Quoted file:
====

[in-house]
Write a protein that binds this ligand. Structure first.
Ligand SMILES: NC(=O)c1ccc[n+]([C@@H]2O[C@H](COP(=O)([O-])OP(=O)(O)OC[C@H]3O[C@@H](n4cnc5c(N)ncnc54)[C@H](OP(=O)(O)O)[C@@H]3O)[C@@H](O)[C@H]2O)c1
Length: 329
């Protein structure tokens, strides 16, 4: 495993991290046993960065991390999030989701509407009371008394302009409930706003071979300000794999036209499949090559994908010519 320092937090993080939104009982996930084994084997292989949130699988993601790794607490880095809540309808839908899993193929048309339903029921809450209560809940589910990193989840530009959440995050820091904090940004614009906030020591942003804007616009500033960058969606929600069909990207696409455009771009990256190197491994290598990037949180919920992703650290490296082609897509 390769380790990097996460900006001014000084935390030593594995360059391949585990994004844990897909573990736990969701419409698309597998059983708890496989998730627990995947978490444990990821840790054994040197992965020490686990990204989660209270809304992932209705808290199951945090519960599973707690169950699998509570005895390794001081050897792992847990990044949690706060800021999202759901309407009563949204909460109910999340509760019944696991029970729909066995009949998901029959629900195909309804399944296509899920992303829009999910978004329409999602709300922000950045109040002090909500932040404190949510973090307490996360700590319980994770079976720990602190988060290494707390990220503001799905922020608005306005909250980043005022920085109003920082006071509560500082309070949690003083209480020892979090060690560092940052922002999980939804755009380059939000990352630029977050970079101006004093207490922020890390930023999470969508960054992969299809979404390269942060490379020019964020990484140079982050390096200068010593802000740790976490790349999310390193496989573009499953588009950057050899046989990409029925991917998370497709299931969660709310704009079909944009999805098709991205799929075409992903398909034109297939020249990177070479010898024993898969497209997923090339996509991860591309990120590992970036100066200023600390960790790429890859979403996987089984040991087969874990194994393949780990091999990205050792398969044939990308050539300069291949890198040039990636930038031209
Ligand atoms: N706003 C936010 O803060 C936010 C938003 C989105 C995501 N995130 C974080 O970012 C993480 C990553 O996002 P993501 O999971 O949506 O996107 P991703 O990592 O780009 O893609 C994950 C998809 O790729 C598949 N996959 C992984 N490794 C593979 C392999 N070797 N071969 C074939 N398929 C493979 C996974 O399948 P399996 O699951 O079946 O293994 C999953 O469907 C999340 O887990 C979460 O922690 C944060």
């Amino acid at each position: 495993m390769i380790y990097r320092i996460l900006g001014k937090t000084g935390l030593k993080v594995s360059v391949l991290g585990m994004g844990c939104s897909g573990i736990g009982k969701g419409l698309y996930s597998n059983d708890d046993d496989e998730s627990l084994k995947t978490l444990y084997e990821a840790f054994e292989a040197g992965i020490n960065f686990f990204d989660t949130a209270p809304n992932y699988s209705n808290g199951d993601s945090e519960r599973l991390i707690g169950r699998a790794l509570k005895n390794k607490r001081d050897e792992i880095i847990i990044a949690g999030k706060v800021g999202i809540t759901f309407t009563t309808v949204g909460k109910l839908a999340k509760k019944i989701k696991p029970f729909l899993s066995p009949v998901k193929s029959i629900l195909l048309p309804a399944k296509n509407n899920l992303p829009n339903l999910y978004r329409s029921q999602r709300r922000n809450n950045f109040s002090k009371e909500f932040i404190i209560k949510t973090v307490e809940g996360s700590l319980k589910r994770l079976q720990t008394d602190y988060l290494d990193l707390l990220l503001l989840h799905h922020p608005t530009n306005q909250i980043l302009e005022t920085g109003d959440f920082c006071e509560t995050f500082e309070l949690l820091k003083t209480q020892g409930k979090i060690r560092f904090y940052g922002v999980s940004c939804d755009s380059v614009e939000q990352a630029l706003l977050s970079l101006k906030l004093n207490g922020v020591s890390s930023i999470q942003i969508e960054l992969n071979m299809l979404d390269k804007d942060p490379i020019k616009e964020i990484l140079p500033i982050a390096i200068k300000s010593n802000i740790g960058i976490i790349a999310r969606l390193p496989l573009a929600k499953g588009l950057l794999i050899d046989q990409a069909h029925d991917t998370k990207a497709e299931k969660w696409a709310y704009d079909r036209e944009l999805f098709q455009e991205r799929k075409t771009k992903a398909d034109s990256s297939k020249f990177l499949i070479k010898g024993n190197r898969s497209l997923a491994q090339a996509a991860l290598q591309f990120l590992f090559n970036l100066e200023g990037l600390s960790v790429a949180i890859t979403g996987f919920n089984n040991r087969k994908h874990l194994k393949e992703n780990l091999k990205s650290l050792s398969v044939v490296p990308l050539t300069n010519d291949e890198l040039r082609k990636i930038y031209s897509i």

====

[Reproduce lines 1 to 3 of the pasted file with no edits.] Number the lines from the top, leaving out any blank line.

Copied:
[in-house]
Write a protein that binds this ligand. Structure first.
Ligand SMILES: NC(=O)c1ccc[n+]([C@@H]2O[C@H](COP(=O)([O-])OP(=O)(O)OC[C@H]3O[C@@H](n4cnc5c(N)ncnc54)[C@H](OP(=O)(O)O)[C@@H]3O)[C@@H](O)[C@H]2O)c1